courtesy of ‘jeffreyw’
It’s time for another item on the DC Omnivore 100 list of the top one hundred foods every good omnivore should try at least once in their lives.
Let’s see, everyone’s a bit chilly and in need of some rib-sticking stew to belly up before digging yourself out of all this snow, and hey didn’t someone tell me a certain football team from New Orleans won some big deal game last night? So yes, I think it’s time for some gumbo!
Gumbo’s one of those culinary dishes that gives literal meaning to the phrase “America’s melting pot.” A wide variety of influences – Cajun, Creole, Indian, African, French – all come together in a substantial and delicious stew. There are as many different versions of gumbo as there are cooks; even the name’s origins are varied. Is “gumbo” from the Angolan word for okra, or the Choctaw word for sassafras? Should the predominant color be red or green?
There are a few key ingredients that everyone seems to agree have to be present – beyond that, it’s a dish you can have fun experimenting with! And if you aren’t culinarily inclined, there are several restaurants in DC that you can snuggle up in with a pot of gumbo and pretend you’re in New Orleans… so let’s dive in.
Most agree that gumbo as we know it originated in the grand city of New Orleans, my favorite American city after beloved DC, and its ingredients mirror the city’s merging cultures. You’ve got the French soup style of bouillabaisse marrying the Spanish “holy trinity” of onion, celery and bell pepper with the Choctaw sassafras or file powder spicing it all up – or instead of the file powder, the African vegetable okra, especially in the winter. I personally prefer the distinctive richness that okra gives gumbo.
courtesy of ‘carol.baby’
Besides the base of a roux, the trinity, and spice or okra, then you have the various protein combinations. Typically it’s an assortment of shellfish (mainly shrimp), chicken, and pork (mostly sausage like andouille). There’s even a version with just greens for the Lenten season (Gumbo Z’Herbes), though I’ve never seen that outside of New Orleans, it would be fun to try for the vegetarian chef. Gumbo is usually served over plain white rice – the proportions being left up to the cook. Crusty French bread completes the meal. Did I mention it’s substantial?
There are some great recipes out there, but let’s say you just aren’t in the mood to whip up a roux yourself. I have to sheepishly admit that my favorite place to get gumbo is actually downtown lunchtime spot Lawson’s, which features gumbo practically year-round as one of its three soup options at the salad bar. There are some hardcore lovers of this gumbo always lining up for the replacement pot, and I’m one of them as Lawson’s uses lots of okra, chicken and andouille sausage. In the mid-range, Bardia’s New Orleans Cafe serves it up (and you get the added benefit of being able to order gut-busting beignets afterwards), whereas for something more upscale hit Acadiana. And you can even get the file powder version at Johnny Half Shell.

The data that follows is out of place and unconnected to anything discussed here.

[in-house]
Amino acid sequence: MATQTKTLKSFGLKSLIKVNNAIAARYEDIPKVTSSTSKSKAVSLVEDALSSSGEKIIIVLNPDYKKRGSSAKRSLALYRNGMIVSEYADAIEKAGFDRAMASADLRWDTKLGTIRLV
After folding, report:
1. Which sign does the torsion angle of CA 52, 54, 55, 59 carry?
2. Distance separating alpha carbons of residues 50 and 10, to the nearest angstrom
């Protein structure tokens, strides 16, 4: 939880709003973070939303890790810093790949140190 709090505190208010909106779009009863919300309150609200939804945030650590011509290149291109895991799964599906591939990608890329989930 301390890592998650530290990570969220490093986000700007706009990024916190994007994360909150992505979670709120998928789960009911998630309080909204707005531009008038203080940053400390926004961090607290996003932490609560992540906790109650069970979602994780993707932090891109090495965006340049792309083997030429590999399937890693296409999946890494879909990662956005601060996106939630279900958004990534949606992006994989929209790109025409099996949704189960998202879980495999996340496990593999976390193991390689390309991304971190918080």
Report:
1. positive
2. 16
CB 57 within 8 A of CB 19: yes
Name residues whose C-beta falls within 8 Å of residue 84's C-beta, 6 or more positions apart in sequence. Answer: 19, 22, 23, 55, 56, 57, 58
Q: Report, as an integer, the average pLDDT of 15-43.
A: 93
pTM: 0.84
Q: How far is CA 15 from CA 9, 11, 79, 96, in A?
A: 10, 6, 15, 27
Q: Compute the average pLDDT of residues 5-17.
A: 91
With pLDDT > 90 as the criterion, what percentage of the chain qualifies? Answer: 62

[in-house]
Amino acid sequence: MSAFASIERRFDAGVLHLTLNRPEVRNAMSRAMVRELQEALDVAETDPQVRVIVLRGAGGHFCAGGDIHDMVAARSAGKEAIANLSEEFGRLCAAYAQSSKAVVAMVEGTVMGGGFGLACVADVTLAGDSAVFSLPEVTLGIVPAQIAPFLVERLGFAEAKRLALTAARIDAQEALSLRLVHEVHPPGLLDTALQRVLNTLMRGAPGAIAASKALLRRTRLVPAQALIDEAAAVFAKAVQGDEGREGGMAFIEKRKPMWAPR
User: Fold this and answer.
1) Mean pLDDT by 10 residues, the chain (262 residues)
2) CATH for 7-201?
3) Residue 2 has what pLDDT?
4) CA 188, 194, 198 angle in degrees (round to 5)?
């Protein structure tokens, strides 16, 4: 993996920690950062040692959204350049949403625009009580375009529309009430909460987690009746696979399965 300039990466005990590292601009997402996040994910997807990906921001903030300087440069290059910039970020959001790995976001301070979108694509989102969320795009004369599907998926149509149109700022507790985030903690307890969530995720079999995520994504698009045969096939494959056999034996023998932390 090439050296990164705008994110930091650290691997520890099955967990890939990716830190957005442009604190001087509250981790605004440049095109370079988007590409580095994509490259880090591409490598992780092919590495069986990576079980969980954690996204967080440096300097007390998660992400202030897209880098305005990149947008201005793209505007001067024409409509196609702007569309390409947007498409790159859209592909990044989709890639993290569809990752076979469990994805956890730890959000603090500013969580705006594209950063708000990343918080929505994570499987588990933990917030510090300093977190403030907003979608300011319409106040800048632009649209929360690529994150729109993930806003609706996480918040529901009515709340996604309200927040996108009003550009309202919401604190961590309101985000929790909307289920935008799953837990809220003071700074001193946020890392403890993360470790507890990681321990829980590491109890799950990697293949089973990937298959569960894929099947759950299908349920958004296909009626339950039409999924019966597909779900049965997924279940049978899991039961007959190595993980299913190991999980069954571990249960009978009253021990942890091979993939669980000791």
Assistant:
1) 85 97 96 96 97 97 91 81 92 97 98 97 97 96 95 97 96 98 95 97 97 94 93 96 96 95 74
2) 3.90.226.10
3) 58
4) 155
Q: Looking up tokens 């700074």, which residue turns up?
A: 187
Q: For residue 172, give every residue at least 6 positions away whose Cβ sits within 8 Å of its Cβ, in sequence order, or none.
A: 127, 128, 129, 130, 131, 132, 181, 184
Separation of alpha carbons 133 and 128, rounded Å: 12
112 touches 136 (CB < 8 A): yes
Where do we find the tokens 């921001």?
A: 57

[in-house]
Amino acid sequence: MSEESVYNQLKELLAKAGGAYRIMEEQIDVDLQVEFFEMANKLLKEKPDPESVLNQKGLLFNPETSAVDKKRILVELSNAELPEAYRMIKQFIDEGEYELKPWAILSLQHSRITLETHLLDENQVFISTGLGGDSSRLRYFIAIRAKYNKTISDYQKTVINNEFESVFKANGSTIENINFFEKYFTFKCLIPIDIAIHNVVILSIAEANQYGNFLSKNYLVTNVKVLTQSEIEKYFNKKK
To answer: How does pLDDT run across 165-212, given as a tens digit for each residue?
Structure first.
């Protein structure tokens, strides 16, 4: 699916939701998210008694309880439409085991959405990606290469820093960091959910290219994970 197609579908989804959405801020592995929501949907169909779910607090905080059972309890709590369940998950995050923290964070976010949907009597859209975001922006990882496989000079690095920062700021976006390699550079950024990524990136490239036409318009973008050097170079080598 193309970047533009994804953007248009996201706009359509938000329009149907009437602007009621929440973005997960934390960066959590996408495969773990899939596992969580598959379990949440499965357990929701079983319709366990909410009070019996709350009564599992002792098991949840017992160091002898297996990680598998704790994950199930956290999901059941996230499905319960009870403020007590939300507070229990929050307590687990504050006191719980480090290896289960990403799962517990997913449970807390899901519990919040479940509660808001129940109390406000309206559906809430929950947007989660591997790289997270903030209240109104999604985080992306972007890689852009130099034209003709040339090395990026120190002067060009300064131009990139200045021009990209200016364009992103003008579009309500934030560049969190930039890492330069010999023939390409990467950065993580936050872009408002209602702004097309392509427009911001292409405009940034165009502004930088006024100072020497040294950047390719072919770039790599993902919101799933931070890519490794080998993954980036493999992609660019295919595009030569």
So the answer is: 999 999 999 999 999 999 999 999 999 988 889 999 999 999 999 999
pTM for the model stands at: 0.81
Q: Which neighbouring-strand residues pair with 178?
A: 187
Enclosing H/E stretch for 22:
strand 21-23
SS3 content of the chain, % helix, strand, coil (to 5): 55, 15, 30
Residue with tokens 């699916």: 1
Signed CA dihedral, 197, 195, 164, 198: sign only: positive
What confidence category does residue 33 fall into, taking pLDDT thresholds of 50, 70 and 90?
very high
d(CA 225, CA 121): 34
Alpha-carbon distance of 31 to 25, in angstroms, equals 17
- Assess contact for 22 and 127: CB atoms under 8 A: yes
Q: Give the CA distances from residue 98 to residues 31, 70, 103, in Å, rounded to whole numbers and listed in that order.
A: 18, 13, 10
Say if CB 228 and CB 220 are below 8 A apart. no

So there you have it, the perfect stew for a wintery day. Please share your favorite places to get gumbo too!
for anyone making their own gumbo, may I suggest http://gumbopages.com/ . I made one of their recipes and it turned out quite well. It was the only time my one friend actually said “This tastes really good” as opposed to “This is good but it would be better if…”, so from him, that was a pretty glowing endorsement.
Also, if you are making your own, you had better have an entire afternoon free. It is definately a multi hour endeavor, and not for the impatient. But, it is definitely worth the effort.
An excellent place for ANY cajun food is Cajun Experience in Leesburg. It is 100% worth the drive.
As a New Orleans native (WHO DAT!) and a current DMV resident let me first suggest you ditch the andouille for a good spicy smoked sausage, add a bay leaf to your trinity, and Gumbo should not be red. Having the benefit of spending the first 23 years of my life in New Orleans your roux should be tan to a nice brown color. Never serve French bread in Gumbo, eww. Chicken gizzards should be added for flavor, I like them but many people don’t like to eat’em. With DC’s availability of blue crabs please add them to your gumbo. Crabs quartered and stewing for a few hours in a gumbo pot will make you forget about that last steamer you went to. Its cold out there, gumbo is a great way to stay warm.
Laissez les bon temps rouler!
Whether it’s “authentic” or not, I love the gumbo at Eatonville. It’s well worth the heartburn for me.
Blue crab gumbo… mmm… thanks Journal!
Also a native of Louisiana, I am a huge gumbo lover. I did make one for my Superbowl party on Sunday, a chicken, andouille and smoked sausage version (straight from Jacob’s in Louisiana, might I add), and topped it with some file (also from Louisiana, and spiced with Tony’s and some homemade hot sauce. My guests were clamoring for the recipe. I was flattered!
I agree with Journal, adding french bread to the gumbo is a no no. My uncle likes to say the roux should be golden brown, or “pecan-colored.”
I also like to make a seafood gumbo with shrimp, crab and okra.
I’ve had the gumbo at Brookings’ cafeteria- not too bad. Haven’t tried Lawson’s or Bardia’s yet.
Yet another Louisiana native here… (WHO DAT!)
I second Streyeder’s recommendation of Cajun Experience in Leesburg – the gumbo there was really good. Can’t beat the lunch special – bowl of gumbo, po-boy and beignets.
Okra’s in Old Town Manassas makes a good gumbo, too – I preferred the seafood to the chicken and sausage.